Warning: The following contains spoilers for the first episode of FX’s Legion.
We often hear complaints that the pop culture sphere is overstuffed with superhero material. No longer just beholden to summertime cinema, superheroes are now regular fixtures of the year-round big screen release schedule, and are swiftly making a play for every corner of the television realm. They aren’t even exclusive to niche networks and streaming venues, as some of basic cable’s most esteemed stations are getting in on the comic book gambit. Close on the tails of AMC’s latest series, Preacher, is FX’s first go at the game: Legion, a series adaptation of the story of the Marvel Comics character of the same name.
On Sunday morning, FX and Marvel Studios brought the first half of the two-part premiere episode of Legion to the Hammerstein Ballroom for the viewing pleasure of a crowd of excited New York Comic Con attendees. Above all else, the episode exemplified why chides about the ubiquity of superhero properties seem to evade the understanding of why these stories are making a play for screens all over—there isn’t one way to tell a story about super powers, heroes, and villains. Case in point: the Marvel Cinematic Universe vies for glimmer and whimsy; the DC films choose intensity and severity; the X-Men features get as geeky and esoteric as they can; now, Legion looks altogether different from anything we’re seeing in superheroism these days.
The premiere opens amid a Boyhoodian montage through the upbringing of the central character, known at this point only as David (Dan Stevens); his childhood deviates from good old normativity, landing instead on violence, terror, and what is ultimately diagnoses as paranoid schizophrenia—his symptoms include the hearing of voices and visualization of nonexistent people.
We catch up with David in his late 20s, condemned with great frustration to his life in a psychiatric institution following a post-college breakdown and suicide attempt. Despite support from his Pollyanna sister Amy (Katie Aselton) and a kinship with sardonic fellow patient Lenny (Aubrey Plaza), David’s personal isolation is only first assuaged when he meets hospital newcomer Syd (Rachel Keller), who wins him over thanks to her validation of his secretly held belief that there might be more to his “problems” than the hospital is letting on. Despite Syd’s aversion to human contact, the pair develops quite a life-affirming rapport… which makes the next element of the show all the tougher to bear.
Leaping ahead in time, we see David in the clutches of an unidentified law enforcement institution, questioning him about some nebulous “accident” resulting in the disappearance of a number of people. Most suspiciously, the unnamed agent with whom David grapples (Hamish Linklater) insists that Syd was never a patient at the hospital, suggesting that she may have never existed to begin with, and was perhaps just another vision in David’s head.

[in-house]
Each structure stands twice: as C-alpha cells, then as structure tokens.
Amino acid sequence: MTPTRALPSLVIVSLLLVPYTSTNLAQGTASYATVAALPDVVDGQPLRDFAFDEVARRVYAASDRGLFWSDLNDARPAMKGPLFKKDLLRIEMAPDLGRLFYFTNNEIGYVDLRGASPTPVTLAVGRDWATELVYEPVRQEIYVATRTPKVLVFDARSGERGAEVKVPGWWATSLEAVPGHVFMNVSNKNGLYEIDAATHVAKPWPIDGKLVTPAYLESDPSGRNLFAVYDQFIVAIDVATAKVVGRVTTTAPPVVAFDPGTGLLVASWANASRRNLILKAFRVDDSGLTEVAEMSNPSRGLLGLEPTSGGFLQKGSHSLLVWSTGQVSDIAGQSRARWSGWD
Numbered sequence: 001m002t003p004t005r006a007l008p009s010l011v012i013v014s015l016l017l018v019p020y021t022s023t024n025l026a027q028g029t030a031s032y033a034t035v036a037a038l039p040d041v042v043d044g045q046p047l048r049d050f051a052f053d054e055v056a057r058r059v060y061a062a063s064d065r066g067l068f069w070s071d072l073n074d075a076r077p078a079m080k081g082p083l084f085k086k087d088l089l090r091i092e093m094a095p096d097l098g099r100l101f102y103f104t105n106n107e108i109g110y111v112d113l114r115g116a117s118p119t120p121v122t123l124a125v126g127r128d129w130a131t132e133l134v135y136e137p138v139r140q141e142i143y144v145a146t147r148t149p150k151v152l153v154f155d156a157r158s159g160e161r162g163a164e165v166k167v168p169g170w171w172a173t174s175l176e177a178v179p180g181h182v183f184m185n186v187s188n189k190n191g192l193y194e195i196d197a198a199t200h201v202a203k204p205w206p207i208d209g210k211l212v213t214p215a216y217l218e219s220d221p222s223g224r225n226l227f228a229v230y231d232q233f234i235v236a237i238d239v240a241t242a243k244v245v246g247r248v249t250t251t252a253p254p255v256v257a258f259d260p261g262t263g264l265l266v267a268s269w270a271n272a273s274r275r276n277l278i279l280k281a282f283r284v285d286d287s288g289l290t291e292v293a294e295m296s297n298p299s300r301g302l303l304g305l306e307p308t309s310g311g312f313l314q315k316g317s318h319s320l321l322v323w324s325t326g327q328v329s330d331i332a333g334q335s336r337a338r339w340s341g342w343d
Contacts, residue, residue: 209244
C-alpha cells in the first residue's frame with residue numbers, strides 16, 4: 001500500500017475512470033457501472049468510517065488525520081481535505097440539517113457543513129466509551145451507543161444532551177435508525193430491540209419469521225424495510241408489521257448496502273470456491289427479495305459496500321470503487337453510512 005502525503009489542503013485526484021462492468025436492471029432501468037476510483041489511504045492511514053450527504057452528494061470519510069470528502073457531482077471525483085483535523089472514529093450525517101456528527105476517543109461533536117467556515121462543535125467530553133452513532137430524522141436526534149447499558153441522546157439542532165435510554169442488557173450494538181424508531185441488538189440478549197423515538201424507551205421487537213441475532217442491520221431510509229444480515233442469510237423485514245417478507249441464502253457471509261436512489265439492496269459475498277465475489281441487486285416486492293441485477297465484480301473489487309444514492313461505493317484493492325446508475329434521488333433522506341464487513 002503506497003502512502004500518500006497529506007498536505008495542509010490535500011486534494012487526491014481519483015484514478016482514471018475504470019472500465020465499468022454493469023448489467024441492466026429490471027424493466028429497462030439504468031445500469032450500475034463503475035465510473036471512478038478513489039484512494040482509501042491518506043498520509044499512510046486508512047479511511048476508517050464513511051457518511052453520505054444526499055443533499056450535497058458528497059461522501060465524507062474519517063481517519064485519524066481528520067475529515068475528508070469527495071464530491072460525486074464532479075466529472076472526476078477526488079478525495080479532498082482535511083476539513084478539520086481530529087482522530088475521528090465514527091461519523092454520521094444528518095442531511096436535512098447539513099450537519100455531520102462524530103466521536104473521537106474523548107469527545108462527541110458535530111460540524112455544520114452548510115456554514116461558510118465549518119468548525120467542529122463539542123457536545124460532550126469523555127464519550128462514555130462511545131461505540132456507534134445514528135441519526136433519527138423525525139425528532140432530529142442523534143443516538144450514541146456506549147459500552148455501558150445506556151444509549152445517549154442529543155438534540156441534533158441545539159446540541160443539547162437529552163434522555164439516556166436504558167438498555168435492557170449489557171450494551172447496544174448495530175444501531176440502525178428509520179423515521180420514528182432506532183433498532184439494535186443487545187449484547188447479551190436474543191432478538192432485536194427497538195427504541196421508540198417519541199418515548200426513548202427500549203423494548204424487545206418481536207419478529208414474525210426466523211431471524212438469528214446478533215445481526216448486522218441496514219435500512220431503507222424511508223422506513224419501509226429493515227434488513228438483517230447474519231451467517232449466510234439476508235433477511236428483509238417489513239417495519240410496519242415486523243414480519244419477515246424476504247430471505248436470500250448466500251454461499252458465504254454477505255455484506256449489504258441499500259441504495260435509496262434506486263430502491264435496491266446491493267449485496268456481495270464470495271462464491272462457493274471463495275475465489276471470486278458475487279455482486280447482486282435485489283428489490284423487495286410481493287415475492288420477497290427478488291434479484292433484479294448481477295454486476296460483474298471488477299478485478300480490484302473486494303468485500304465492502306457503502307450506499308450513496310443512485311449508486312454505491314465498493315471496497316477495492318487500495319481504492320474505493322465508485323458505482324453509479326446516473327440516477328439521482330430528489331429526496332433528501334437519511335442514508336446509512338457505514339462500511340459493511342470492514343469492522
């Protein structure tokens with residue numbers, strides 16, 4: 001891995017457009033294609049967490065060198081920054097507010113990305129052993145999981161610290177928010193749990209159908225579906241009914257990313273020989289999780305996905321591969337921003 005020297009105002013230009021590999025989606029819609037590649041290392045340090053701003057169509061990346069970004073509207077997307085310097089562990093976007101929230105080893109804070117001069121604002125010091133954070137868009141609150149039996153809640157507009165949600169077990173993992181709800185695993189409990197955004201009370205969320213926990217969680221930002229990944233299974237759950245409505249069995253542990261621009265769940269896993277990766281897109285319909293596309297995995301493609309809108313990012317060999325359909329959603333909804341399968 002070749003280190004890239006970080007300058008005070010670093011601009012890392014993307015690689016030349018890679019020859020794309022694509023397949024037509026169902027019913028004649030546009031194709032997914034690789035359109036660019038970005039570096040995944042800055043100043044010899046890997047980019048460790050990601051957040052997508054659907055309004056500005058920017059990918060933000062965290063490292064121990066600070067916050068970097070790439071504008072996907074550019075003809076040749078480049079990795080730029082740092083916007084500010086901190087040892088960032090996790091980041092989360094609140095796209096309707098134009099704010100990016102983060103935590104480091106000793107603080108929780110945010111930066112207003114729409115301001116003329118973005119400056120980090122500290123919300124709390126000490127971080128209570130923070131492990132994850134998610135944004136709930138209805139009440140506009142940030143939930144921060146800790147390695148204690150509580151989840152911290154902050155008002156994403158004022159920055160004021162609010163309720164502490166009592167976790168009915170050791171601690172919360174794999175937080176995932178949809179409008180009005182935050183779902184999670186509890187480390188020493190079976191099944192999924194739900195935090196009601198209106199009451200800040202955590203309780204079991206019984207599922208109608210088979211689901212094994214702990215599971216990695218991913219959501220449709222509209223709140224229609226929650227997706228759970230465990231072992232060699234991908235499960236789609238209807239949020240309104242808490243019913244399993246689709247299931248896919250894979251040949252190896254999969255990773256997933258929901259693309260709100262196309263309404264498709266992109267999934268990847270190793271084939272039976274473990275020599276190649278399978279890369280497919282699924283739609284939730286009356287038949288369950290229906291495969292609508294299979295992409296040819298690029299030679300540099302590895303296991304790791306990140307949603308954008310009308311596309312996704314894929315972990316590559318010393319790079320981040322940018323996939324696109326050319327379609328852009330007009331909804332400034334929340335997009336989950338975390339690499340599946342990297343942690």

While the episode caps with a pretty good reason to believe that there’s more truth to David’s side of the story than the interrogator lets on, we’re still left in the dark about what exactly to believe. As showrunner Noah Hawley said to the crowd following the broadcast of the episode, “He doesn’t know what’s real, and… and you’re in his head, you’re in this world, so you don’t really know what’s real either.” He added, “We’re seeing this world through multiple layers of the confusion and mixed signals that Dan is getting.”
Truly, Legion doesn’t feel much like any X-Men movie we’ve seen thus far, or even any superhero movie across the board. Citing some of his artistic influences for the project, Hawley said, “It wanted to feel like a 1964 Terence Stamp movie for some reason,” and later added, in reference to a conversation with the show’s composer Jeff Russo, “[I told him] this show should sound like Dark Side of the Moon.”
Why did Hawley feel the need to veer off in a different direction for Legion? “Maybe it had to do wit the fact that the last three X-Men movies have been period pieces,” he said “Some things [in Legion] feel very retro, some things feel very modern.”
On every level does Legion deviate from its fellow properties, especially visually. Star Dan Stevens wears a track suit through the bulk of the first episode, which is quite a departure from the usual superhero garb. He joked, “No dumb horns,” adding, “Sorry. I have to tease Tom Hiddleston about those occasionally.”
Harris said of his character Ptonomy Wallace, “I remember a lot. I remember everything that happened in my life. I can bring people through their memories as well and serve to help them grow and heal.”
Midthunder spoke on her character Kerry, “My character, she’s a doer. She’s a fighter. She’s really not one to dwell in anything. She’ll lead the charge. And she has a very interesting relationship with someone else.”
And finally, Irwin summed up his character Cary quite simply: “Geeky scientist. Brilliant geneticist.”
Stylistic differences aside, Legion shouldn’t be accepted as completely independent from the X-Men world we know and love. As executive producer Lauren Shuler Donner said, “It is far away from the X-Men movies, yet it still lives within that universe.”
As such, there may well be some illustration of the connection between David and one Prof. Xavier. Hawley said, “I don’t think you can really tell the story without that element to it, so I’ll say that you probably will see a [connection to Prof. X].”
Of course, when asked if we’d see any of the stars from the movies make cameo appearances, Shuler Donner admitted, “Probably not, but you never know.”
Are you excited to check it out? Tell us in comments.